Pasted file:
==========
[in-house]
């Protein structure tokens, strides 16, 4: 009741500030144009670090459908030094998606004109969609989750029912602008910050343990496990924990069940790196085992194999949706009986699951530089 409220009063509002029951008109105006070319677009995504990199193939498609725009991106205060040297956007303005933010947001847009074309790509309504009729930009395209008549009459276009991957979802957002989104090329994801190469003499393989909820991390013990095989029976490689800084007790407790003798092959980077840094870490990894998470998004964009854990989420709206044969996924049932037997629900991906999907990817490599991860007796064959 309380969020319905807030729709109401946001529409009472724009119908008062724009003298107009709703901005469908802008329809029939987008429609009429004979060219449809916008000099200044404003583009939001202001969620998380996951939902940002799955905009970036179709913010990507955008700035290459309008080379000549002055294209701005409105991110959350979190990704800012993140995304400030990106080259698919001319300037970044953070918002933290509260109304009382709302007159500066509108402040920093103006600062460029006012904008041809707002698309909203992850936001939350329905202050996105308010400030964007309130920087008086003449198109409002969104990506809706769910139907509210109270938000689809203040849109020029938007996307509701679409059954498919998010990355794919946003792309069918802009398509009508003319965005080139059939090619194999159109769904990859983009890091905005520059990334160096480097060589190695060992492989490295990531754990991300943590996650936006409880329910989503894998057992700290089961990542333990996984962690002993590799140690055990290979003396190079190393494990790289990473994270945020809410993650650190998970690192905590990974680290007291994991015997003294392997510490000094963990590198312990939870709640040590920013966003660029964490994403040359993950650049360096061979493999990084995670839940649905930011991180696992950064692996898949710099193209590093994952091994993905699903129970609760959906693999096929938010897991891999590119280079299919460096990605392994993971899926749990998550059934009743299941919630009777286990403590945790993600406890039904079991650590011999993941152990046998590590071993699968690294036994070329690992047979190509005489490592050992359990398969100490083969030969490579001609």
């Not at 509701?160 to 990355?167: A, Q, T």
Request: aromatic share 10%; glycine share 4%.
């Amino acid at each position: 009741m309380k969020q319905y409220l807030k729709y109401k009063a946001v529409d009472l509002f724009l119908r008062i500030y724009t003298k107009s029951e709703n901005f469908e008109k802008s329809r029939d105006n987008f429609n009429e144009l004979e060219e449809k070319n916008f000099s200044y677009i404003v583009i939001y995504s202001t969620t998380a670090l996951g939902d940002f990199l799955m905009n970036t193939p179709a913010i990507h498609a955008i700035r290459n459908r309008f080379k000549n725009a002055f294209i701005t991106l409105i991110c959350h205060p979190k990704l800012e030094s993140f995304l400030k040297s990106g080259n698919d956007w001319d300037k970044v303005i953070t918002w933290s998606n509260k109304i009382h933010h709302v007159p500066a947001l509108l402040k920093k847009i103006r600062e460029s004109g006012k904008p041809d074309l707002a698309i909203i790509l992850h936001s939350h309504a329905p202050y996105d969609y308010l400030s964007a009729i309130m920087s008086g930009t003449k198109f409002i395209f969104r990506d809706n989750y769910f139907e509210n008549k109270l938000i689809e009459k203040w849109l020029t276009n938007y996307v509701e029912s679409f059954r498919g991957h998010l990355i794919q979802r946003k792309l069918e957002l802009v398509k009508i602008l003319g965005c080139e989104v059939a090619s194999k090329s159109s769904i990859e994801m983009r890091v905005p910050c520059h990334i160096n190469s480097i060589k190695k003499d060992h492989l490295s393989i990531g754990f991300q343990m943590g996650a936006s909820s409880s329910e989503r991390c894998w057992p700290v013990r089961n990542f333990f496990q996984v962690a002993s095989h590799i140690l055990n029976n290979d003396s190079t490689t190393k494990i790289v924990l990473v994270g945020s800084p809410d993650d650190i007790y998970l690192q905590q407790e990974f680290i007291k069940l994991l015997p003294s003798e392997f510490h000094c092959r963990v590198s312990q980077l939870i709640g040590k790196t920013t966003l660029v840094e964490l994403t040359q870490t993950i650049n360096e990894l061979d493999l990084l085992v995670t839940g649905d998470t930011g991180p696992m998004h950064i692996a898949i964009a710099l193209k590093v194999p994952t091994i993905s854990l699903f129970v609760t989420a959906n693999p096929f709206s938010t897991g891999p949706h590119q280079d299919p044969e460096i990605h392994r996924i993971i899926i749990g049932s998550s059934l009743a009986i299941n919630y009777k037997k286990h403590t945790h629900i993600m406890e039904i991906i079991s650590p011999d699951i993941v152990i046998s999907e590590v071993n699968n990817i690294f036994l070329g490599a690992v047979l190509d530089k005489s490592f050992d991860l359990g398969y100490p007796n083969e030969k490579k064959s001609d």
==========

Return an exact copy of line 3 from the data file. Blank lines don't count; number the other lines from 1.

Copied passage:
């Not at 509701?160 to 990355?167: A, Q, T």